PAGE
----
In the teaching of the Roman Catholic Church, an indulgence is “a way to reduce the amount of punishment one has to undergo for sins” which may reduce either or both of the penance required after a sin has been forgiven, or after death, the temporal punishment, in the state or process of purification called Purgatory.
“And God himself is obliged to abide by the judgment of his priest and either not to pardon or to pardon, according as they refuse to give absolution, provided the penitent is capable of it.” (Liguori, «Duties and Dignities of the Priest», p.27)
“This judicial authority will even include the power to forgive sin.” (The Catholic Encyclopedia Vol xii, article ‘Pope’ pg 265)
The Protestant Reformation, often referred to simply as the Reformation was a schism from the Roman Catholic Church initiated by Martin Luther and continued by other early Protestant Reformers in 16th century Europe. The new movement influenced the Church of England decisively, after 1547, under Edward VI and Elizabeth I, although the Church of England had been made independent under Henry VIII in the early 1530s for political rather than religious reasons.
The separation of the Church of England (or Anglican Church) from Rome under Henry VIII, beginning in 1529 and completed in 1537, brought England alongside this broad Reformation movement; however, religious changes in the English national church proceeded more conservatively than elsewhere in Europe. Reformers in the Church of England alternated, for decades, between sympathies for ancient Catholic tradition and more Reformed principles, gradually developing, within the context of robustly Protestant doctrine, a tradition considered a middle way (via media) between the Roman Catholic and Protestant traditions.
The highly educated Reformation leaders used prophecies of the Bible as their most powerful weapon in appealing to committed believers to break from the church, which they perceived as the new Babylon, and to convince them that the popes were the Antichrist who had assumed the place of God.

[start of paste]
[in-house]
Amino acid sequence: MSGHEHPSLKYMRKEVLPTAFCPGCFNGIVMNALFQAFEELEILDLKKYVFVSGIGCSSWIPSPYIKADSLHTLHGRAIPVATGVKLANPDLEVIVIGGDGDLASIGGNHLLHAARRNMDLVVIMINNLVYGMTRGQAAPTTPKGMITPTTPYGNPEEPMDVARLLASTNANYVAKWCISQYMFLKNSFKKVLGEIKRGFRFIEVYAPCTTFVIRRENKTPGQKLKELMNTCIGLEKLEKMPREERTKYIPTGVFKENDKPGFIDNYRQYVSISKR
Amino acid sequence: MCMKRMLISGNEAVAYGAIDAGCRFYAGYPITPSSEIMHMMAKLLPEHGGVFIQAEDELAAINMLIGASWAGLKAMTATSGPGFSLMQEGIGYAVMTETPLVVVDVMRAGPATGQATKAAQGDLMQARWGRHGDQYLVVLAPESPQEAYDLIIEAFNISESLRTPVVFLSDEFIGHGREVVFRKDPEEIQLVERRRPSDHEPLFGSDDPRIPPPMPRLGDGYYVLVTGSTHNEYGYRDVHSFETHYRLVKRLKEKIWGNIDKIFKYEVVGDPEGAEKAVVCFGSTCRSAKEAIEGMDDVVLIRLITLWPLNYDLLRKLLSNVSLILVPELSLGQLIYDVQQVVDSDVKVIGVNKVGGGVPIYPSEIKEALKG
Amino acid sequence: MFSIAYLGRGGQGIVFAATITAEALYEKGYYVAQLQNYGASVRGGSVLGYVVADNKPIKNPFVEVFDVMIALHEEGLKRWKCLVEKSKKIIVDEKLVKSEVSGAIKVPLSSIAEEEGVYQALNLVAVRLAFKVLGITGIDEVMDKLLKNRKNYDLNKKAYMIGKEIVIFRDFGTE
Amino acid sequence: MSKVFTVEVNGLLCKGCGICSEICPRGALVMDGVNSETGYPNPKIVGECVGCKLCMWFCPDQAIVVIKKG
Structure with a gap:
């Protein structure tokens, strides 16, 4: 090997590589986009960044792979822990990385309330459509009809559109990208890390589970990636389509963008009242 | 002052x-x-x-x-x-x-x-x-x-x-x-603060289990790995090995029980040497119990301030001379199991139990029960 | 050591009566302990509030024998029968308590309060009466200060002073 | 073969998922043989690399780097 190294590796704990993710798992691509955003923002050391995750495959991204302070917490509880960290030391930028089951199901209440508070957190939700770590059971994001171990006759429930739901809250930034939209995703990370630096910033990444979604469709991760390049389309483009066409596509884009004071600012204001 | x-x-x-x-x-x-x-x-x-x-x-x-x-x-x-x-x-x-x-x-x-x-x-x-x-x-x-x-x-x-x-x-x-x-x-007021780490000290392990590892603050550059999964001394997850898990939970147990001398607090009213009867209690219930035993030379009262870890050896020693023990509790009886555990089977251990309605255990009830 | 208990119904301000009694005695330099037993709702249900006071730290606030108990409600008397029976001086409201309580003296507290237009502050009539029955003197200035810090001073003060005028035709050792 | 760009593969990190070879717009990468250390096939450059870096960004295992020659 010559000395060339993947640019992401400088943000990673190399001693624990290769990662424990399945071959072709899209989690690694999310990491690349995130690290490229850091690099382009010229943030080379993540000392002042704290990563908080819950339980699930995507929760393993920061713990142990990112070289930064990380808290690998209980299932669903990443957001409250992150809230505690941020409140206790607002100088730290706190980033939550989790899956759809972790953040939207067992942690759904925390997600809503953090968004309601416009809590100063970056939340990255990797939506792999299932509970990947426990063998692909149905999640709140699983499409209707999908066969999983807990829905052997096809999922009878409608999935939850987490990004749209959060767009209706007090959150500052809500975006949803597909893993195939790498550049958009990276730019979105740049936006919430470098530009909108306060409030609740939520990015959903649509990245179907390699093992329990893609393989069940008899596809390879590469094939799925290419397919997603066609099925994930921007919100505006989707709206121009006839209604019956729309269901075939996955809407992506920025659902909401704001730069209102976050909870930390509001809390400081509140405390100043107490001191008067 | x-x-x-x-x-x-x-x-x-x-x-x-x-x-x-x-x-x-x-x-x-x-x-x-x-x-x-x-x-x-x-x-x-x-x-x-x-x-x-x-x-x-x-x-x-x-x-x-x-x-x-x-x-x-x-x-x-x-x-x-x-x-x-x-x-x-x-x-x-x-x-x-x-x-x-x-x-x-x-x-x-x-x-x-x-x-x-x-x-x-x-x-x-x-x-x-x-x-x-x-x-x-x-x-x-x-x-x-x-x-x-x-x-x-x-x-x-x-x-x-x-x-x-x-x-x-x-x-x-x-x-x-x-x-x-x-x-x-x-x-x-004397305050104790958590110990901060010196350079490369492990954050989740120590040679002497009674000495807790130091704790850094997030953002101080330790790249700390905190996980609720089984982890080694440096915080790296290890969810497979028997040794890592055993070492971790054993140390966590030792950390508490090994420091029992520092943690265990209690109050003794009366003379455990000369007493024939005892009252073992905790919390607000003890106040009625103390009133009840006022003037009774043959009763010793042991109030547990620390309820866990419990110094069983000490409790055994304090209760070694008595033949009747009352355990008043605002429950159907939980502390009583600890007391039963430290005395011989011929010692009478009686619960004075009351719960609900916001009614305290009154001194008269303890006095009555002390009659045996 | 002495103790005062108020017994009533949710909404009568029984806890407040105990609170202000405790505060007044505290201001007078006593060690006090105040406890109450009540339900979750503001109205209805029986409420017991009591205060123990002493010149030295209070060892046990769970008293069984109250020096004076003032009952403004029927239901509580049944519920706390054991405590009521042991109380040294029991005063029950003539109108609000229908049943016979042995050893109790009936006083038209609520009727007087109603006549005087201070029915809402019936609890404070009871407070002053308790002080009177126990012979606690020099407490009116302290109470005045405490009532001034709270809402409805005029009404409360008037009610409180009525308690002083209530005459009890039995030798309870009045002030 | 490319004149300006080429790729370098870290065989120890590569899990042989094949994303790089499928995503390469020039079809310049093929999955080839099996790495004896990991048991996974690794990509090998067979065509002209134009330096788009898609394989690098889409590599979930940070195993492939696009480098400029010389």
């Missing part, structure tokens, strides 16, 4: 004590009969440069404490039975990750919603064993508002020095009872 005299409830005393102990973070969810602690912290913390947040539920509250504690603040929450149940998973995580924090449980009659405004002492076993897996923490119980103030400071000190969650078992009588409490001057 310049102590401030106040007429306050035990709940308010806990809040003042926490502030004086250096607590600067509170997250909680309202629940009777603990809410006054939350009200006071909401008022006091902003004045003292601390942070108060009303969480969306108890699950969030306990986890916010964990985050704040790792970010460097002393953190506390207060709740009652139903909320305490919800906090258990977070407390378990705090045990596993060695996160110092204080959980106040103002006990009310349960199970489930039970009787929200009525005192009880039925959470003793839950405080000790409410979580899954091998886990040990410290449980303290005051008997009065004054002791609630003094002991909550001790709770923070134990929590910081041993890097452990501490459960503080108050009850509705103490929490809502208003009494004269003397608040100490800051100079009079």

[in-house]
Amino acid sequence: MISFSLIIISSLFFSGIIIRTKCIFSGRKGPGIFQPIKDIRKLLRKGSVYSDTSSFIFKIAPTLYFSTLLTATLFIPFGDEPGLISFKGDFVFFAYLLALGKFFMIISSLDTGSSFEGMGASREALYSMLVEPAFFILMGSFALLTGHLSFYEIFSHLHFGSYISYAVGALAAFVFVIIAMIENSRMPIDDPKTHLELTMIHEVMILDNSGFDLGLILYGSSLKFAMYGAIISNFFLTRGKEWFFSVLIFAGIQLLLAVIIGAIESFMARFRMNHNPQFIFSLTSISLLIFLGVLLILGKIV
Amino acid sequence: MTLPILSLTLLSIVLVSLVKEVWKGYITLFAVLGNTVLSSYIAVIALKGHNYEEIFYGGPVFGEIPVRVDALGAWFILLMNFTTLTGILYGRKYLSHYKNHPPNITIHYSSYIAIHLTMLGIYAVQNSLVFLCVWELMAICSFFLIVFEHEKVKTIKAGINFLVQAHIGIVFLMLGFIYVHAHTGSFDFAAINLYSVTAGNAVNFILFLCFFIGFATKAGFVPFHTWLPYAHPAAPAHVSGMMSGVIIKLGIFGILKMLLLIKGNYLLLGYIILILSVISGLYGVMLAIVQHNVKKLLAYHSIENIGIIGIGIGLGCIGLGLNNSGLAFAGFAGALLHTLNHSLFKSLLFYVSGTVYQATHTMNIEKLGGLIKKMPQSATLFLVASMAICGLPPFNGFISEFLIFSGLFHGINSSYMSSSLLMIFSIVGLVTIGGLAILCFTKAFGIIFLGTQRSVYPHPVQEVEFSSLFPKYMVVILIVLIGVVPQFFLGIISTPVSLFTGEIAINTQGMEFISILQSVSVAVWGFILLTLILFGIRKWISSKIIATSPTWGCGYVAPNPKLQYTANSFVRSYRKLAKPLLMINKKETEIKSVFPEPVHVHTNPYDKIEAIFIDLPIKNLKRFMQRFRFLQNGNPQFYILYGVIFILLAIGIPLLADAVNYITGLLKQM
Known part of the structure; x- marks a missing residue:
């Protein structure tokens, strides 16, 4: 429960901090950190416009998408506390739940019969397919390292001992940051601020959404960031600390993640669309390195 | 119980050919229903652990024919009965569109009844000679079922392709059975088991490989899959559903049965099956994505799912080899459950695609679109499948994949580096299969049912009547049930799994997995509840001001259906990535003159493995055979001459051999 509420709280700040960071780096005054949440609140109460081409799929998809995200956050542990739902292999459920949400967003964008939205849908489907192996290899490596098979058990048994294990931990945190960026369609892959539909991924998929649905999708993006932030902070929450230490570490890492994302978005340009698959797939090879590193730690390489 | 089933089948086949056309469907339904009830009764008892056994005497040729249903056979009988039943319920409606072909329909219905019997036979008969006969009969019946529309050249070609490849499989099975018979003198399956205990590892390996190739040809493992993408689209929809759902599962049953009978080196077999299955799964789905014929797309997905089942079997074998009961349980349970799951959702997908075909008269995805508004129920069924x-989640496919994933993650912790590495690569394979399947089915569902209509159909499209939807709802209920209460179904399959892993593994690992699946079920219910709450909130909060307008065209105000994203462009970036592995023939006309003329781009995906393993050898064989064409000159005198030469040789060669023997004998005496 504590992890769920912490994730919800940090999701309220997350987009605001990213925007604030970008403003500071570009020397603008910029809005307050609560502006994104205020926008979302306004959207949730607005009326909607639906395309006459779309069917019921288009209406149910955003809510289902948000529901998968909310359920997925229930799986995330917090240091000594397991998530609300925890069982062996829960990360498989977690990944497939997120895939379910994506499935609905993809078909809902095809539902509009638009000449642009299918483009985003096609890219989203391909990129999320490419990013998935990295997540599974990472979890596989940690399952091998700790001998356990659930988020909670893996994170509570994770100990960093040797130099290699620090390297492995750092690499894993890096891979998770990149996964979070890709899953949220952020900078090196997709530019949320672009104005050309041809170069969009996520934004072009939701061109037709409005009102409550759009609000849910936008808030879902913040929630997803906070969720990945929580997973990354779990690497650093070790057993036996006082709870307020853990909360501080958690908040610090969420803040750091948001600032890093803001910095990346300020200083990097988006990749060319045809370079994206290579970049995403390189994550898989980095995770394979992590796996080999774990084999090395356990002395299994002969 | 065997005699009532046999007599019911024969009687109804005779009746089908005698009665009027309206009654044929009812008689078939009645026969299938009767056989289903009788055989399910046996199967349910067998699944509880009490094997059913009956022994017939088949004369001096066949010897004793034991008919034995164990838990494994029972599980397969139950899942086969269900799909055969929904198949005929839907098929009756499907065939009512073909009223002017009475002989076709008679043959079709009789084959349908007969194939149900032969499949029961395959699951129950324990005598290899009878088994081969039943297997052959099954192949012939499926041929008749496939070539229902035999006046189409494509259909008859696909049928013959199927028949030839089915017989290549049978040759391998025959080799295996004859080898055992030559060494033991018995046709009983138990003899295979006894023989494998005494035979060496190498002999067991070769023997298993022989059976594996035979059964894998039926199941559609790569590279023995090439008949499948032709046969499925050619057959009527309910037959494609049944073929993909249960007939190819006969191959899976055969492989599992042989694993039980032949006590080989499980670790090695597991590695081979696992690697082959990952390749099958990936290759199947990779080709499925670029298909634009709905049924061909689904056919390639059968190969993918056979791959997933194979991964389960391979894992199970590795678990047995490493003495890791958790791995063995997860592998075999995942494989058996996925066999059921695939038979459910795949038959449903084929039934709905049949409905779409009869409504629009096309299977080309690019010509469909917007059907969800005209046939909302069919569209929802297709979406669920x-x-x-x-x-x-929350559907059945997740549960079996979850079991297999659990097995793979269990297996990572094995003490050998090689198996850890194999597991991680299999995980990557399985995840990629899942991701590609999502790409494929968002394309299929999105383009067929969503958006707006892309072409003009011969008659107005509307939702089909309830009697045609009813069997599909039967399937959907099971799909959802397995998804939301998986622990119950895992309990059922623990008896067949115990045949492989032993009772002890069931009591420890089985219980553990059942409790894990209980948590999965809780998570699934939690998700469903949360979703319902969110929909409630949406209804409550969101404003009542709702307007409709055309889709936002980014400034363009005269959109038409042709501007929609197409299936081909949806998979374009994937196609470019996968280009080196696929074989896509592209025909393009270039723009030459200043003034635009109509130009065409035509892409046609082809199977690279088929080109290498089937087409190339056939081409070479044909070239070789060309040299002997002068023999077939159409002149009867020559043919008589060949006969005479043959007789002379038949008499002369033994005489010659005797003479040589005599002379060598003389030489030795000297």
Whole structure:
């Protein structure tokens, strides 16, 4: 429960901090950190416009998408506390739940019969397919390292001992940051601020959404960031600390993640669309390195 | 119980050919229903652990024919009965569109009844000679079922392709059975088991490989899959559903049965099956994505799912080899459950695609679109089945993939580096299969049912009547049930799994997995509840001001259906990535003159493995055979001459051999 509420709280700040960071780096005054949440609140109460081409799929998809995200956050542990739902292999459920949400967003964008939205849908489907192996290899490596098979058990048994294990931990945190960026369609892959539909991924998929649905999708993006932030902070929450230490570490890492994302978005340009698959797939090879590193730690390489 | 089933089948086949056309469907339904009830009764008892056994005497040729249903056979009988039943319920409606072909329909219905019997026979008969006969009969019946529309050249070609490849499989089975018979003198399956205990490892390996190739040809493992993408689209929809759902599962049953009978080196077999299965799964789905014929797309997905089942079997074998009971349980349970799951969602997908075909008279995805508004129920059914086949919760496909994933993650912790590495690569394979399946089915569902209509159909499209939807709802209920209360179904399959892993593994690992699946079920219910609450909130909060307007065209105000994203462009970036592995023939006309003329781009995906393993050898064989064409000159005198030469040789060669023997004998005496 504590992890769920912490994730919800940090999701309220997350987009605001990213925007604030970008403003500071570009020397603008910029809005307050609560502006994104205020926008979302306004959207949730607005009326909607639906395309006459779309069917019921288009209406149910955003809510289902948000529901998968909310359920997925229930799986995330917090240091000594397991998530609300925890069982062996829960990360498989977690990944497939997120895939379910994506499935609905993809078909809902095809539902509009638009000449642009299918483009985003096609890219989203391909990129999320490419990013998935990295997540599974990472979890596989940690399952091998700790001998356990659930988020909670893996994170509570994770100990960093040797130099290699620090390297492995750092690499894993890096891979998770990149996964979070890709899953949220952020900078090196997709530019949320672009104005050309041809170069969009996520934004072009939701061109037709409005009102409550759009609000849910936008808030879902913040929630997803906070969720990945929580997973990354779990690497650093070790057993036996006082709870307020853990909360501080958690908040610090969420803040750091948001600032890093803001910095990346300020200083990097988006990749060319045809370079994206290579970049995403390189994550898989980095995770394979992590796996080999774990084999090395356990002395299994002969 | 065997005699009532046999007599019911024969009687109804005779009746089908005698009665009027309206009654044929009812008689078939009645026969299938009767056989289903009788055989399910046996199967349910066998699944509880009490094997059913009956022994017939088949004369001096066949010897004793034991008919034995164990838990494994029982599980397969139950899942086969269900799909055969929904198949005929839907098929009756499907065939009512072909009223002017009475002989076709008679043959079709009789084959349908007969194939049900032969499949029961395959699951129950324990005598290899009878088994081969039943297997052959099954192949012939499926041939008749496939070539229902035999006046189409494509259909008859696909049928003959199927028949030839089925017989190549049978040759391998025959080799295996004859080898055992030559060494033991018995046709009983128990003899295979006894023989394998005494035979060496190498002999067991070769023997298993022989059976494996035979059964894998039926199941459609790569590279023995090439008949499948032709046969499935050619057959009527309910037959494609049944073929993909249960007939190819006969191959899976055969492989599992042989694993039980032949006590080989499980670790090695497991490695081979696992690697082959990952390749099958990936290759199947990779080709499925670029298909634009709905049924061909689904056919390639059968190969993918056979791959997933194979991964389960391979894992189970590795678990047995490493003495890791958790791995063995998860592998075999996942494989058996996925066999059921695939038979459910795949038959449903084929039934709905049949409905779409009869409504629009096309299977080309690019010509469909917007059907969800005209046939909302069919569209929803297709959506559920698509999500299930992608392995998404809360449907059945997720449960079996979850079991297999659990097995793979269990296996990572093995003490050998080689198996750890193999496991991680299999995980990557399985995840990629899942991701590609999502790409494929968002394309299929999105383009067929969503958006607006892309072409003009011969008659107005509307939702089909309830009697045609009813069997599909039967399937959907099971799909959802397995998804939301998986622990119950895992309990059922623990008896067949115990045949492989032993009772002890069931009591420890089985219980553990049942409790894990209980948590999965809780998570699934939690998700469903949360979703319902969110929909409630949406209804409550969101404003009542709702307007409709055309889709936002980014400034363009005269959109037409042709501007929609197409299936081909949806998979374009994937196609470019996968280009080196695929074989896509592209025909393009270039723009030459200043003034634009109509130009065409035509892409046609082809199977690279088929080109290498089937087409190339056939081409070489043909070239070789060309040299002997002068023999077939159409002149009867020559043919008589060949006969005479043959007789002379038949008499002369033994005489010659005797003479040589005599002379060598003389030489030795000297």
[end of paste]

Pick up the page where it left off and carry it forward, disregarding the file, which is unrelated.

“The penetration of the religion of Babylon became so general and well known that Rome was called the New Babylon.” (Faith of our fathers 1917 ed. Cardinal Gibbons, p. 106)
“In order to attach to Christianity great attraction in the eyes of the nobility, the priests adopted the outer garments and adornments which were used in pagan cults.” (Life of Constantine, Eusabius, cited in Altai-Nimalaya, p. 94)
Luther also wrote during the period 1517–1521 additional works on the Catholic devotion to Virgin Mary, the intercession of and devotion to the saints, the sacraments, mandatory clerical celibacy, monasticism, further on the authority of the pope, the ecclesiastical law, censure and excommunication, the role of secular rulers in religious matters, the relationship between Christianity and the law, and good works.
“The foundation of all our confidence is found in the Blessed Virgin Mary. God has committed to her the treasury of all good things, in order that everyone may know that through her are obtained every hope, every grace, and all salvation. For this is His will: That we obtain everything through Mary.” (Pope Pius IX)